When Do California Courts Deny Applications For Pro Hac Vice Admission?
This post is part of our continuing series on pro hac vice admission in California*
PRO HAC VICE ADMISSION IS NOT GUARANTEED
Pro hac vice admission grants a licensed out-of-state attorney permission to appear as counsel in a California court in association with a given legal matter. Generally speaking, pro hac vice admission exists as a form of professional courtesy, and is a privilege, not a right. Courts can (and do) refuse applications for pro hac vice admission, and also have the power to terminate or revoke an attorney’s pro hac vice status, even before conclusion of the relevant matter.
WHEN DO COURTS DENY APPLICATIONS FOR PRO HAC VICE ADMISSION?
Every application for pro hac vice admission is evaluated individually, on a facts and circumstances basis. This means that each application will be judged and granted (or denied) on its own merits (and those of the attorney seeking permission to appear in California court). However, factors that may influence the reviewing court to deny an out-of-state lawyer’s application may include:
1. The number of times the attorney has applied for pro hac vice admission in the past – and whether or not those applications were granted or denied (and for what reasons). While there is no bright line rule, pro hac vice appearances are supposed to be the exception, not the rule, and repeated appearances may reduce the likelihood of pro hac vice admission being granted in the future.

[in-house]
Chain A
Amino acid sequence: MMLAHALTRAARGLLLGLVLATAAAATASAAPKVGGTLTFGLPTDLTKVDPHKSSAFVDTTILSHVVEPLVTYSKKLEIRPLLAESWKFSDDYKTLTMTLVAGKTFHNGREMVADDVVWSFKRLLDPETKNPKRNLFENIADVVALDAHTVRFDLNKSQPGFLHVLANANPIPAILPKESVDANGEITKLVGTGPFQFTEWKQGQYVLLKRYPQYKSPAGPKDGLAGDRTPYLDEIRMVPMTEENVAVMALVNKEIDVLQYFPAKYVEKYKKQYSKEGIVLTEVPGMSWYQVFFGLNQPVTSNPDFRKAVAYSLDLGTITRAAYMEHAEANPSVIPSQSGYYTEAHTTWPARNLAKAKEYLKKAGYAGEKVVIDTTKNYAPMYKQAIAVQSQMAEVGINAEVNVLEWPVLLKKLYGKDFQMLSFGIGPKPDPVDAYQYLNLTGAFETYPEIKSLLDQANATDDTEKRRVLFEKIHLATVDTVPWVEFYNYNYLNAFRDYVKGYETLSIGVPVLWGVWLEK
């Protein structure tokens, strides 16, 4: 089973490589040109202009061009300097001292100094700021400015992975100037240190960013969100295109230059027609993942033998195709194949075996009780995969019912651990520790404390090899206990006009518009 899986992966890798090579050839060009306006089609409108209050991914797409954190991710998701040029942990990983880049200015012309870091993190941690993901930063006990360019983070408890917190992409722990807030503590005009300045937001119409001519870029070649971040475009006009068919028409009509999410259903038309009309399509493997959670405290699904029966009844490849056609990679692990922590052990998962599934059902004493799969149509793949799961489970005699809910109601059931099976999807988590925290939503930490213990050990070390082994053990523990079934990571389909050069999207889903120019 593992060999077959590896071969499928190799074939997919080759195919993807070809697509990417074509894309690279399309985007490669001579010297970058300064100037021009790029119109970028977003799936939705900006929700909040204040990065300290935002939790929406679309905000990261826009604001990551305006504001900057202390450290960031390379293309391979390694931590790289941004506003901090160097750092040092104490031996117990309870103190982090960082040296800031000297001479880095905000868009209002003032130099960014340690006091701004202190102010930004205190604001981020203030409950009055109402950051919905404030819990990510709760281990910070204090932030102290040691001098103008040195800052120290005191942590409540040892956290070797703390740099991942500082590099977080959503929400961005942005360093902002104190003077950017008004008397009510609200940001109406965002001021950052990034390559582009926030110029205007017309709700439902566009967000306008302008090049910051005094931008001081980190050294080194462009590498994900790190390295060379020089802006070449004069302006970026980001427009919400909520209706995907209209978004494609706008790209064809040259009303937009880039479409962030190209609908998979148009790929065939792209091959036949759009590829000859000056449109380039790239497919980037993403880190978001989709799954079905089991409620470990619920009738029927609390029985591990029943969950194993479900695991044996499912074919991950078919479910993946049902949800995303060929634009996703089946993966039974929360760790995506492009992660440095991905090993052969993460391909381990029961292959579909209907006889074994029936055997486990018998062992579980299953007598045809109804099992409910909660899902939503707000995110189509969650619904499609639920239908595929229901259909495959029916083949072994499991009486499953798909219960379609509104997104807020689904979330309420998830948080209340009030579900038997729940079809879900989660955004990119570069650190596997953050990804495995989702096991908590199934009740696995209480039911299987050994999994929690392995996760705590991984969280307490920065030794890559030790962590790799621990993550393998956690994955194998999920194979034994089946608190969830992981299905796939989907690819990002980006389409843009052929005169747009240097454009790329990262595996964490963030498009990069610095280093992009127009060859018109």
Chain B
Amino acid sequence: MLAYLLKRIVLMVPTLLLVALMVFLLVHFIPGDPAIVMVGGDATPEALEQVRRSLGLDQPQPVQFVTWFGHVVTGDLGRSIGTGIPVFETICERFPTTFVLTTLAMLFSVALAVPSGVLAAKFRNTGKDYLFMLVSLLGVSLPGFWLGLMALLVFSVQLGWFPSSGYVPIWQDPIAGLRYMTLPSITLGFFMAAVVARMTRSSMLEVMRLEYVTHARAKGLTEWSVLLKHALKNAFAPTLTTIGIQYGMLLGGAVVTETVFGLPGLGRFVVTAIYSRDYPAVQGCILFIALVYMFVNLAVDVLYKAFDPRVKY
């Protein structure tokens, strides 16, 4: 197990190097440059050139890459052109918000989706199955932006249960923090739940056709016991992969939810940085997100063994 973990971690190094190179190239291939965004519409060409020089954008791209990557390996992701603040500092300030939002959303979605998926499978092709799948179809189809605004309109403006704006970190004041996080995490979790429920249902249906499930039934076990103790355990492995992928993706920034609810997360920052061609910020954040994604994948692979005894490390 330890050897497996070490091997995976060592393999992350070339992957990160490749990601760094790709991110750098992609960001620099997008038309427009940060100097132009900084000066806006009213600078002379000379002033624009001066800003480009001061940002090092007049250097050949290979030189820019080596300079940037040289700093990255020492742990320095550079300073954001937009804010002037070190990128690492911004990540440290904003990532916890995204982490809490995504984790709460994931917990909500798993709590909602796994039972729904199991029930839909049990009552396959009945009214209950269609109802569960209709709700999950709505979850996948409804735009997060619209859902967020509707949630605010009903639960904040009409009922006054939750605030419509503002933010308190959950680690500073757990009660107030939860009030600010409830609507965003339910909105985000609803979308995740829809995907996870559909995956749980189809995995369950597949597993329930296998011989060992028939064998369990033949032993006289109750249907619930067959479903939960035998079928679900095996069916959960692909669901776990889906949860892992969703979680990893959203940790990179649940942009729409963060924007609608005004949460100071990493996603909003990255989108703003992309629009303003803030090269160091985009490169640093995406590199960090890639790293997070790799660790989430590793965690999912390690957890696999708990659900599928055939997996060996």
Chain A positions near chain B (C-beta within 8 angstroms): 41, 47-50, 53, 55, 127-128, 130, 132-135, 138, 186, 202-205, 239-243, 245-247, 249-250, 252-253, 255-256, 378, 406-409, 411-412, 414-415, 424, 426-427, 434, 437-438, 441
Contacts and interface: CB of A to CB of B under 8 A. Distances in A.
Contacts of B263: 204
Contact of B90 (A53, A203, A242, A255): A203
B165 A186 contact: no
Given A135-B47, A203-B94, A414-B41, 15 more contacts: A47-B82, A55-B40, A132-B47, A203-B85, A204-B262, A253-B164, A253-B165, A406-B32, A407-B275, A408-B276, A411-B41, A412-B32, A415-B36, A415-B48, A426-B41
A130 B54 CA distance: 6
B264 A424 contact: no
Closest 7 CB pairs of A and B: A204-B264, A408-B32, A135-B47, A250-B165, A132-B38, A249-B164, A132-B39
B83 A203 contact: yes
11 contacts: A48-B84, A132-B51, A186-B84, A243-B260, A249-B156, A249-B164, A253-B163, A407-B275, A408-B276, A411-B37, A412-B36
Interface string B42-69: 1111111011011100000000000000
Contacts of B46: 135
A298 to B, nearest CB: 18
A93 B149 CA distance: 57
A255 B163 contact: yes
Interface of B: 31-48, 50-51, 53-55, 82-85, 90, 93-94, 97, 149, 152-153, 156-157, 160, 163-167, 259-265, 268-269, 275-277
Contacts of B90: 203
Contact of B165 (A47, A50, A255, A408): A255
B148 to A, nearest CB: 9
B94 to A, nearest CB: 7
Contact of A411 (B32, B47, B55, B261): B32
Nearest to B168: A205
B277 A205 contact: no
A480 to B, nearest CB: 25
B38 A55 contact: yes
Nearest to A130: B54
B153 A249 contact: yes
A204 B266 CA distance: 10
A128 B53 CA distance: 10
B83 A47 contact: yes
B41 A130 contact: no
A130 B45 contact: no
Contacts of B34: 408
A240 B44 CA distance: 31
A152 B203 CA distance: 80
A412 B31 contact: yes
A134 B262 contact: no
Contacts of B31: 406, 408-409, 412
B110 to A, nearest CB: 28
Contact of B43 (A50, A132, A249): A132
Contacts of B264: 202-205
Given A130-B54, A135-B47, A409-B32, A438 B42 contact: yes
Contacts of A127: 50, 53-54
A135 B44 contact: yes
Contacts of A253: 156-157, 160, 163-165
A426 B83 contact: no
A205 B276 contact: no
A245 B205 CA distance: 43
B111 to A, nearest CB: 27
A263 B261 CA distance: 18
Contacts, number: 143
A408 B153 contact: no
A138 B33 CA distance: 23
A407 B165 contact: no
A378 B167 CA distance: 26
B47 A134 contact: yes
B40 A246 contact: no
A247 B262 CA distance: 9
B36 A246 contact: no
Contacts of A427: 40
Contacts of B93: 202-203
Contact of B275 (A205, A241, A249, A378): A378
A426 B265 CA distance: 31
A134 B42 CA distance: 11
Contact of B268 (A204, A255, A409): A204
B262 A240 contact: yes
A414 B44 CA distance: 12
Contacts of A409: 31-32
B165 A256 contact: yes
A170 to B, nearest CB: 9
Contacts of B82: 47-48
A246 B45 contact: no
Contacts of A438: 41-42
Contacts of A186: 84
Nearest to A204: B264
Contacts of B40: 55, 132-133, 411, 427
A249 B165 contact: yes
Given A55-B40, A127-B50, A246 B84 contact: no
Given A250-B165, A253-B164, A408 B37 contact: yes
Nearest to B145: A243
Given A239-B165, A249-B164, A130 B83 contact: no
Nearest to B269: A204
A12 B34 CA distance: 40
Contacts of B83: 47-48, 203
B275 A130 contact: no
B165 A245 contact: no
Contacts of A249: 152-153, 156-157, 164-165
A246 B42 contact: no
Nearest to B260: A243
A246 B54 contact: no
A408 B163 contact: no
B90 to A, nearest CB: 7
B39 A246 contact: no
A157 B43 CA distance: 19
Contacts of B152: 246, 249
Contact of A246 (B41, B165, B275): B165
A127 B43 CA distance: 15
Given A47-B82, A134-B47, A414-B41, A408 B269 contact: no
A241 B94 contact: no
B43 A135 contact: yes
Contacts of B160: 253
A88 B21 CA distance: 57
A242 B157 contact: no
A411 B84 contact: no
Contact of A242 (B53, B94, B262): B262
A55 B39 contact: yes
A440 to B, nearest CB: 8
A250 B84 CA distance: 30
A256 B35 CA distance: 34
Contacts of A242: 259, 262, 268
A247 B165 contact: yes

2. The attorney’s past actions in California courts. More specifically, the court may consider what effect the lawyer’s past actions (either while appearing pro hac vice or otherwise) have had on the administration of justice in California courts. Attorneys who have been censured, fined, or faced other disciplinary action in California may have a harder time obtaining permission to appear pro hac vice.
3. The attorney’s willingness to obey California rules of court and ethical standards. Attorneys who exhibit a pattern of contempt for, or unwillingness to abide by, court rules and ethical standards are likely to find their applications for pro hac vice admission refused or denied.
THE COURT MUST EXPLAIN ITS REASONS FOR DENYING AN APPLICATION FOR PRO HAC VICE ADMISSION
When a California court denies out-of-state counsel’s pro hac vice application, the judge must explain the reasons for the denial in reasonable detail. The court cannot merely deny the application on the basis of “rules limiting pro hac vice appearances” or other purely procedural reasons (provided that the court can deny an application that fails to meet the basic requirements, or which does not demonstrate that the applicant is eligible for pro hac vice admission).
Courts are required to state the reasons for denial both for the benefit of the applicant counsel and so that a reviewing court has a basis upon which to evaluate the decision.
It’s important to note that, due to the nature of pro hac vice admission, the standards for pro hac vice admission may differ from those applied to attorneys who seek permanent admission to the California bar.
PRO HAC VICE STATUS CAN BE REVOKED BY THE COURT
California courts have the inherent power and authority to revoke the pro hac vice status of an out-of-state lawyer who engages in conduct that (a) breaches the California rules of court or (b) would disqualify a California attorney from the practice of law. Revocation of pro hac vice status may operate as a disqualification of the relevant out-of-state attorney, and may impact that attorney’s ability to obtain pro hac vice admission in the future.
*RossLaw serves as the California attorney of record for pro hac vice admissions in appropriate cases and circumstances. Please feel free to contact our office for more details.
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